At Don Angie, Focaccia di Recco Meets Scallion Pancake

By Morgan Katz

By

Morgan Katz
Don Angie's irresistible Ligurian-style flatbread is stuffed with cheese and garlic and covered with sesame.
Don Angie's irresistible Ligurian-style flatbread is stuffed with cheese and garlic and covered with sesame.

Unless you’re prepared to eat at 10:30pm on a Tuesday, snagging a reservation at Manhattan’s Don Angie is a labor of love. To kickoff the latest StarChefs Congress on a recent Sunday morning in October, the chefs of the red-hot red sauce spot, New York Rising Stars Angie Rito and Scott Tacinelli, shared the technique behind one of their most popular dishes: Ligurian-inspired, cheesy, garlicky flatbread—another labor of love, revealed for attendees only.     

“Angie came up with the idea. She’s the brilliant one. She comes up with all the ideas,” said Tacinelli of his partner in life and business. The bread is based on traditional focaccia di recco. The Don Angie addition is healthy amounts of garlic and sesame seeds.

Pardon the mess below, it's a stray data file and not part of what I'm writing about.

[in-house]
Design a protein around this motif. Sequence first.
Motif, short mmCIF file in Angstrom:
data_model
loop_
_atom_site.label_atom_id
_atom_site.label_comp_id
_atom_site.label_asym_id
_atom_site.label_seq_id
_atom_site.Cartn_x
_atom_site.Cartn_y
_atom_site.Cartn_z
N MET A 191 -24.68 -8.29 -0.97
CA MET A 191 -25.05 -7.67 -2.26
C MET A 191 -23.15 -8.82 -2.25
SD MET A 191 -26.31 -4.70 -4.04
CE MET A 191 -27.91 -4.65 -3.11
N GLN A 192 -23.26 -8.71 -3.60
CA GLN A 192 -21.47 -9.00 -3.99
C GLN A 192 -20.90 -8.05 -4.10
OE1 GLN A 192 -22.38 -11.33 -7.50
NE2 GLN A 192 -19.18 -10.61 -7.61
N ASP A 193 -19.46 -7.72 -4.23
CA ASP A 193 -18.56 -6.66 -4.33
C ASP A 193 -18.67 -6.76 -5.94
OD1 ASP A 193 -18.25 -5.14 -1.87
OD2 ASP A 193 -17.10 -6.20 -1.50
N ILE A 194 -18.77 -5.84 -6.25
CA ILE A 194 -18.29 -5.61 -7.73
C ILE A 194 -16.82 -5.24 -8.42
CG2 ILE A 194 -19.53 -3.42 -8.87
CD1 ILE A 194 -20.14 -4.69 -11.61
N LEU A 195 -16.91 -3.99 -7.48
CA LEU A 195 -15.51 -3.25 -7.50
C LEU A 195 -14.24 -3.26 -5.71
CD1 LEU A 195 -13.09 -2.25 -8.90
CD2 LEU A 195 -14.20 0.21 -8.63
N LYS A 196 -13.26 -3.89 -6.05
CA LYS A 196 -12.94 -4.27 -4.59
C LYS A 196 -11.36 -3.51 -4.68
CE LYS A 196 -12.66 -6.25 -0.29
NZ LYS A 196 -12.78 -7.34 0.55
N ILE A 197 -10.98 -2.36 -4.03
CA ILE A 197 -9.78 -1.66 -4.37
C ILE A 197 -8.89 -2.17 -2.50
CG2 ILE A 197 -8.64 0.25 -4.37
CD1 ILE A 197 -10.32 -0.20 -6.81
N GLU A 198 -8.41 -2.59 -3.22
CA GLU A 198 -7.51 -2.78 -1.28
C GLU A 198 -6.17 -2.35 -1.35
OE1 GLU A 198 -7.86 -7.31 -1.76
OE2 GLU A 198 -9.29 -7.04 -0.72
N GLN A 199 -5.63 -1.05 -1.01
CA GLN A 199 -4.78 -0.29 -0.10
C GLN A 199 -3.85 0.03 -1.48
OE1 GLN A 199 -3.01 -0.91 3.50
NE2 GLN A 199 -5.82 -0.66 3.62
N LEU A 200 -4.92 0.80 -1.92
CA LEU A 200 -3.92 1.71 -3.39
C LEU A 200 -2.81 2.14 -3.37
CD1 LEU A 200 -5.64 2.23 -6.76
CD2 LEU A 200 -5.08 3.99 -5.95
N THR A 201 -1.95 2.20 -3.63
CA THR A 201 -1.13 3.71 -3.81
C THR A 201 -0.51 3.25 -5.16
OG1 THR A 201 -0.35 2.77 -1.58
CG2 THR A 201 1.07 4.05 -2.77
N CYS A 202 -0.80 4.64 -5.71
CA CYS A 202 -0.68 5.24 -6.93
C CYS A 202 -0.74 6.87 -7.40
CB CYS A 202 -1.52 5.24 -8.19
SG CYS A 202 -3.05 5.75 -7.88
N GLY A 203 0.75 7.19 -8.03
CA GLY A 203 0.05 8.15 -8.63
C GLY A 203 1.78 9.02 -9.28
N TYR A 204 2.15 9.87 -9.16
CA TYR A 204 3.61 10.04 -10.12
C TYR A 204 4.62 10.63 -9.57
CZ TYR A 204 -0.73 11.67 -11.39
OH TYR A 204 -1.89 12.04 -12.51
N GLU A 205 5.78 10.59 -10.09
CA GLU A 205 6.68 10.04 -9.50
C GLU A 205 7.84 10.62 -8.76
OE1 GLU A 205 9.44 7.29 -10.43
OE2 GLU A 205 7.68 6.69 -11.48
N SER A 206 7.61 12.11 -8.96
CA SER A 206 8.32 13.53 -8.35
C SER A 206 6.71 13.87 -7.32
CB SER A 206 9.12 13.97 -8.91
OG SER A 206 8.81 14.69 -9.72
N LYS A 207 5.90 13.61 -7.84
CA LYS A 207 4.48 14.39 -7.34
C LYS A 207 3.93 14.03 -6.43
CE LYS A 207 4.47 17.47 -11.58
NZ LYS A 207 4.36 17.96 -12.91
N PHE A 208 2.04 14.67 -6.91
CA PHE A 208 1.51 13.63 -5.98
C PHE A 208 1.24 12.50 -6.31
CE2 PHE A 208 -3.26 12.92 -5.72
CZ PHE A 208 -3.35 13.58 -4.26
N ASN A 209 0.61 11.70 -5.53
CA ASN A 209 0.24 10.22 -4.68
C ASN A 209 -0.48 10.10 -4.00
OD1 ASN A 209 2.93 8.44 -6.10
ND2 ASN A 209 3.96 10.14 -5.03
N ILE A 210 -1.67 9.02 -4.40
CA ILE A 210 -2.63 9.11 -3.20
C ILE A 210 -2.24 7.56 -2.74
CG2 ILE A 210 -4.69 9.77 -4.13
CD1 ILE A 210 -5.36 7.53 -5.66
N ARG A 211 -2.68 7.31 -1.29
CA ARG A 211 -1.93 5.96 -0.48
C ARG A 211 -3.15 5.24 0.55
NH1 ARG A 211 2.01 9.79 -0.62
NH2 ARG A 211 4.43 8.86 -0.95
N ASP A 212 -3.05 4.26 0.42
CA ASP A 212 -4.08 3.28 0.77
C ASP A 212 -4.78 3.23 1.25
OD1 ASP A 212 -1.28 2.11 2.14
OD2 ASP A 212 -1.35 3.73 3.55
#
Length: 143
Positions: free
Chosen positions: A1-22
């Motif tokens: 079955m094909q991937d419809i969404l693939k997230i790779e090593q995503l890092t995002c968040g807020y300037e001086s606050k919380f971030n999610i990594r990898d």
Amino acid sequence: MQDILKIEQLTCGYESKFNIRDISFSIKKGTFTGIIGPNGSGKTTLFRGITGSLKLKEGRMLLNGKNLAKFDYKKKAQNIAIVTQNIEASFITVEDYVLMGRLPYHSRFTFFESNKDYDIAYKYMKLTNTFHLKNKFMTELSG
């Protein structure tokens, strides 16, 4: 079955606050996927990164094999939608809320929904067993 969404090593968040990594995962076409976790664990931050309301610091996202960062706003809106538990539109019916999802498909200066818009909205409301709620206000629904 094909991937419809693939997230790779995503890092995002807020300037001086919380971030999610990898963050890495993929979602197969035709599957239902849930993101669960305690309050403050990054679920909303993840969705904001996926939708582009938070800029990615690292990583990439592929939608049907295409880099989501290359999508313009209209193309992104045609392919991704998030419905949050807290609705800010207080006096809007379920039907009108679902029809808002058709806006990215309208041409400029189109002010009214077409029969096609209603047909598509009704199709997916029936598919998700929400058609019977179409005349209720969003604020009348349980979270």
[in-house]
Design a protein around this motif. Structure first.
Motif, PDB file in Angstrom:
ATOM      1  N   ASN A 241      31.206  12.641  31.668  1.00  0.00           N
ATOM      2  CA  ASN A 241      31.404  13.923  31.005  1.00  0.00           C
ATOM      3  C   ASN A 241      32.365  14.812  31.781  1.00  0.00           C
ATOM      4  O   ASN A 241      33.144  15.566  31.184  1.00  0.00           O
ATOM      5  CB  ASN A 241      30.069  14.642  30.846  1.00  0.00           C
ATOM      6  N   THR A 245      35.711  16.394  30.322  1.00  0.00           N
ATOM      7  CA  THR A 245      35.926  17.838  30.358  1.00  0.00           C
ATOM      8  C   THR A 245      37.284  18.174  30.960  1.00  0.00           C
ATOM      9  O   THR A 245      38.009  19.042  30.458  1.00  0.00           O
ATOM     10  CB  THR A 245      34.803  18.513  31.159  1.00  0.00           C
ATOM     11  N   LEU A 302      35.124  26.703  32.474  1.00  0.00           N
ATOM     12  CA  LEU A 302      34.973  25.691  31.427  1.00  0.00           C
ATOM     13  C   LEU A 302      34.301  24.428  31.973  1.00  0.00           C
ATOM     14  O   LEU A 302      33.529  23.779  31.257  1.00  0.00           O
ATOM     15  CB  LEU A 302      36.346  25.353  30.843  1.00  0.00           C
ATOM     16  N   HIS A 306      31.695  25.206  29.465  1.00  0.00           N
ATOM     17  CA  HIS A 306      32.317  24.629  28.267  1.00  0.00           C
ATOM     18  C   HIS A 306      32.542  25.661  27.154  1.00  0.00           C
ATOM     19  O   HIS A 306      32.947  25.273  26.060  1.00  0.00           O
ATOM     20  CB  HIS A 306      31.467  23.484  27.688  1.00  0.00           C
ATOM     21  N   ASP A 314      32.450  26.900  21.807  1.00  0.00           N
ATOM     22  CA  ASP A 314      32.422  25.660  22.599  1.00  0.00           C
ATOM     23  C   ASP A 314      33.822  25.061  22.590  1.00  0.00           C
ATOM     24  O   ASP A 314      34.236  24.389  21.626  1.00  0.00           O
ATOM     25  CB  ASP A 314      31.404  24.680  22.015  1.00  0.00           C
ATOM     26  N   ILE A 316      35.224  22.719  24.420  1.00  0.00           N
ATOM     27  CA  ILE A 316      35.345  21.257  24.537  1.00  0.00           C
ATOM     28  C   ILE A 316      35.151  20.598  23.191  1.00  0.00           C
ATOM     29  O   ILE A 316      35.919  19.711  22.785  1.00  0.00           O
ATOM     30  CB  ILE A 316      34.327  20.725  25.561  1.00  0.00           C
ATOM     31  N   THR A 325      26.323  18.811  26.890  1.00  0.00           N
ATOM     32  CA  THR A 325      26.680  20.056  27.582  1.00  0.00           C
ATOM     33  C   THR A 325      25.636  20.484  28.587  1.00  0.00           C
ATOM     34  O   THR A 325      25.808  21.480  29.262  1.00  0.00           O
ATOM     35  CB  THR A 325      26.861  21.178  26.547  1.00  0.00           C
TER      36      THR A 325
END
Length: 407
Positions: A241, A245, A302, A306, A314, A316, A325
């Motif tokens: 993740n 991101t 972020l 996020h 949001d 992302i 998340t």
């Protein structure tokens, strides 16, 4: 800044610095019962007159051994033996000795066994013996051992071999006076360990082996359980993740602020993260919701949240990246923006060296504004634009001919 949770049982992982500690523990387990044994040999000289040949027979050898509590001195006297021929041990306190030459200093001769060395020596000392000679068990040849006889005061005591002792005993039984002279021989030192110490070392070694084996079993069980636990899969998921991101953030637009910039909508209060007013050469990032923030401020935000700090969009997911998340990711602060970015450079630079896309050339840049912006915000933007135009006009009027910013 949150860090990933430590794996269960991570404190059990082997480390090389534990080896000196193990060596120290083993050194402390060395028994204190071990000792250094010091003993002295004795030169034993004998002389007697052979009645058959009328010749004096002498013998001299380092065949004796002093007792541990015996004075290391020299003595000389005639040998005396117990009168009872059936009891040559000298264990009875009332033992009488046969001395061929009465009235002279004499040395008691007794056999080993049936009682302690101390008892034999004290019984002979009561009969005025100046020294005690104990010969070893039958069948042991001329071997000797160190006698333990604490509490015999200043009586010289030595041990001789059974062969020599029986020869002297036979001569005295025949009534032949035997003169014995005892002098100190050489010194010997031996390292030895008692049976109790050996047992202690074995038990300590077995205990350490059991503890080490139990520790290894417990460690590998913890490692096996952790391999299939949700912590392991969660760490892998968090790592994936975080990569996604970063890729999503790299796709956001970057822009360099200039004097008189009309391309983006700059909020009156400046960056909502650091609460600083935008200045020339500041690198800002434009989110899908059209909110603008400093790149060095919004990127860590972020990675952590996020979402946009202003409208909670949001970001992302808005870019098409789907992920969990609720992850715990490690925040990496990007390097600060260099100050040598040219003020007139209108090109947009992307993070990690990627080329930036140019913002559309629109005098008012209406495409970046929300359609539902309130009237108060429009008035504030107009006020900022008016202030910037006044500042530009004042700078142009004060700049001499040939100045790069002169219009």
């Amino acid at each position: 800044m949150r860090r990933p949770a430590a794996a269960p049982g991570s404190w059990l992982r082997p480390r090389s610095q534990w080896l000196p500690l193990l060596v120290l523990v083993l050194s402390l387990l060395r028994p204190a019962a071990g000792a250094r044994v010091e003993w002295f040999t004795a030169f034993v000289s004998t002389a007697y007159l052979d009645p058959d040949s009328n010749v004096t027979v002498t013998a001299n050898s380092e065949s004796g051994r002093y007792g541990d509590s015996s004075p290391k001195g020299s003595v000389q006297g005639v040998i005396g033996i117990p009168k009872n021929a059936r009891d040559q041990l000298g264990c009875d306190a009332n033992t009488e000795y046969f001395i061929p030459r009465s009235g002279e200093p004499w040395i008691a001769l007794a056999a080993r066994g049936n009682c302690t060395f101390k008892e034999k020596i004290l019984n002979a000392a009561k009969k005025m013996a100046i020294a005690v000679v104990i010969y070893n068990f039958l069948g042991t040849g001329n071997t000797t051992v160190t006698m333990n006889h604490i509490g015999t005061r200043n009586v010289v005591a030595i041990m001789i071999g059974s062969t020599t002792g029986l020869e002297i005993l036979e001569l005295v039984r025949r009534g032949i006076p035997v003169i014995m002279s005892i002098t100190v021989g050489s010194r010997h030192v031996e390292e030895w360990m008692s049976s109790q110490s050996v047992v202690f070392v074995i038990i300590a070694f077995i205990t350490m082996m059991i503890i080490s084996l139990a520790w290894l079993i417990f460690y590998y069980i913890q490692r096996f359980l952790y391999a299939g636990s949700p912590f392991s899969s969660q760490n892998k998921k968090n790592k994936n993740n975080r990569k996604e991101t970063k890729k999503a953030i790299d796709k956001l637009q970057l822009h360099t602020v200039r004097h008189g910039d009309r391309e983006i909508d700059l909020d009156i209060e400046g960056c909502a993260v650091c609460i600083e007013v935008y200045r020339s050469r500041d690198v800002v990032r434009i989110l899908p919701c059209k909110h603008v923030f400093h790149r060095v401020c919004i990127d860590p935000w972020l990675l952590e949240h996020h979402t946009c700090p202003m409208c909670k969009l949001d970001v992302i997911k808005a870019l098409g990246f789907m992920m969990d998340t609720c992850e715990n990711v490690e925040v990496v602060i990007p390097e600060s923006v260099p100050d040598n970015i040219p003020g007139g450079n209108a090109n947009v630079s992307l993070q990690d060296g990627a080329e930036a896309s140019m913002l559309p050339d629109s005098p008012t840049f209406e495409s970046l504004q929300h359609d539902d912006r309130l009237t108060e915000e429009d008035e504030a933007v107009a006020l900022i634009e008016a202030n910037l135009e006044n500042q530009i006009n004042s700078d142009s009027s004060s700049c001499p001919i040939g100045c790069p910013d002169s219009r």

They walked the audience through the delicate process of stretching the dough—so thin you could read a newspaper through it. The key to successfully stretching it across the 10-inch pan is allowing the dough to rest for two hours. Be patient(!), or it’ll shrink. A combination of garlic, garlic chives, chile flakes, salt, and olive oil blanketed the dough, followed by hefty handfulls of parmesan and stracchino cheeses. That was topped with another thin layer of stretched dough, sealing in the cheese and seasonings. Referring to the circle of stuffed dough as their mashup of focaccia di recco and a scallion pancake, the duo demonstrated how to finish the dough with a brush of olive oil and a sprinkle of sesame seeds. 

After a quick respot in a 500℉ combination oven on dry heat for four minutes, the bread emerged golden with melty cheese peeking seductively from the seams. The room was engulfed in a cloudburst of garlic. Attendees shared the experience of ripping into the bread together—this time with cheese, not dough, stretching acrobatically across prep tables and into gaping mouths. This supremely satisfying Ligurian-ish treat falls into the category of foods that are so good you want to devour it in private, while your face becomes shiny with olive oil and cheese grease (say, one minute later in the StarChefs office). All in all, the bread proved itself worthy of a meal at 10:30pm on Tuesday.      

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